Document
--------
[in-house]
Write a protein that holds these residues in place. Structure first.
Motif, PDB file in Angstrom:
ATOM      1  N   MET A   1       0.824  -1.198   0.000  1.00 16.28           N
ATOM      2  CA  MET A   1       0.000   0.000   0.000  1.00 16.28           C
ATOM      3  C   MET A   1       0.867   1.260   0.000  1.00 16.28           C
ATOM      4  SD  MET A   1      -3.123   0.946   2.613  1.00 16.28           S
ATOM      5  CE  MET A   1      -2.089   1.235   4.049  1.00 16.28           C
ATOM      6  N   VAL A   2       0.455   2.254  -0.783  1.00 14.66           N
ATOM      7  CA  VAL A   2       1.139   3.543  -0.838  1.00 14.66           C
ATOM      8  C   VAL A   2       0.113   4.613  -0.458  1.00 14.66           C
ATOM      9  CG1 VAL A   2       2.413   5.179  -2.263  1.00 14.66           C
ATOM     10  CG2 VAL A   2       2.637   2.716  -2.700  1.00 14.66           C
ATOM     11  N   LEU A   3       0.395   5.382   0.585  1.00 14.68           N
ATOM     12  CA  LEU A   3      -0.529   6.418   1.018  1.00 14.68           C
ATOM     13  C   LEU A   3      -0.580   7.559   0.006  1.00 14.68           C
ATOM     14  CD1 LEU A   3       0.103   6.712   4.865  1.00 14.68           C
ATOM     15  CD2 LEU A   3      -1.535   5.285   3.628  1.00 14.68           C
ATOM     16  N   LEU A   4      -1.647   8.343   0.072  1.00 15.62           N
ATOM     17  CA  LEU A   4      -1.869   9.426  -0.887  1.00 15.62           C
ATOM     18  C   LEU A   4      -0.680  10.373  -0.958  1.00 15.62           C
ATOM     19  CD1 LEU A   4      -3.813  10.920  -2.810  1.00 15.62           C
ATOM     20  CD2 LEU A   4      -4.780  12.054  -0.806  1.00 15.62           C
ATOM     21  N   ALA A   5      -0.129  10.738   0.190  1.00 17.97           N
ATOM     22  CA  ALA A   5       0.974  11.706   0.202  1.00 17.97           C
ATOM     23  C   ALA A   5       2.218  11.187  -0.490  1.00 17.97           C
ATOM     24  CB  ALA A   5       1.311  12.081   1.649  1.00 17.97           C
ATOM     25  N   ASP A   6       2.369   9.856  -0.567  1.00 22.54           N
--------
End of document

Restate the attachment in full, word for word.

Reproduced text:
[in-house]
Write a protein that holds these residues in place. Structure first.
Motif, PDB file in Angstrom:
ATOM      1  N   MET A   1       0.824  -1.198   0.000  1.00 16.28           N
ATOM      2  CA  MET A   1       0.000   0.000   0.000  1.00 16.28           C
ATOM      3  C   MET A   1       0.867   1.260   0.000  1.00 16.28           C
ATOM      4  SD  MET A   1      -3.123   0.946   2.613  1.00 16.28           S
ATOM      5  CE  MET A   1      -2.089   1.235   4.049  1.00 16.28           C
ATOM      6  N   VAL A   2       0.455   2.254  -0.783  1.00 14.66           N
ATOM      7  CA  VAL A   2       1.139   3.543  -0.838  1.00 14.66           C
ATOM      8  C   VAL A   2       0.113   4.613  -0.458  1.00 14.66           C
ATOM      9  CG1 VAL A   2       2.413   5.179  -2.263  1.00 14.66           C
ATOM     10  CG2 VAL A   2       2.637   2.716  -2.700  1.00 14.66           C
ATOM     11  N   LEU A   3       0.395   5.382   0.585  1.00 14.68           N
ATOM     12  CA  LEU A   3      -0.529   6.418   1.018  1.00 14.68           C
ATOM     13  C   LEU A   3      -0.580   7.559   0.006  1.00 14.68           C
ATOM     14  CD1 LEU A   3       0.103   6.712   4.865  1.00 14.68           C
ATOM     15  CD2 LEU A   3      -1.535   5.285   3.628  1.00 14.68           C
ATOM     16  N   LEU A   4      -1.647   8.343   0.072  1.00 15.62           N
ATOM     17  CA  LEU A   4      -1.869   9.426  -0.887  1.00 15.62           C
ATOM     18  C   LEU A   4      -0.680  10.373  -0.958  1.00 15.62           C
ATOM     19  CD1 LEU A   4      -3.813  10.920  -2.810  1.00 15.62           C
ATOM     20  CD2 LEU A   4      -4.780  12.054  -0.806  1.00 15.62           C
ATOM     21  N   ALA A   5      -0.129  10.738   0.190  1.00 17.97           N
ATOM     22  CA  ALA A   5       0.974  11.706   0.202  1.00 17.97           C
ATOM     23  C   ALA A   5       2.218  11.187  -0.490  1.00 17.97           C
ATOM     24  CB  ALA A   5       1.311  12.081   1.649  1.00 17.97           C
ATOM     25  N   ASP A   6       2.369   9.856  -0.567  1.00 22.54           N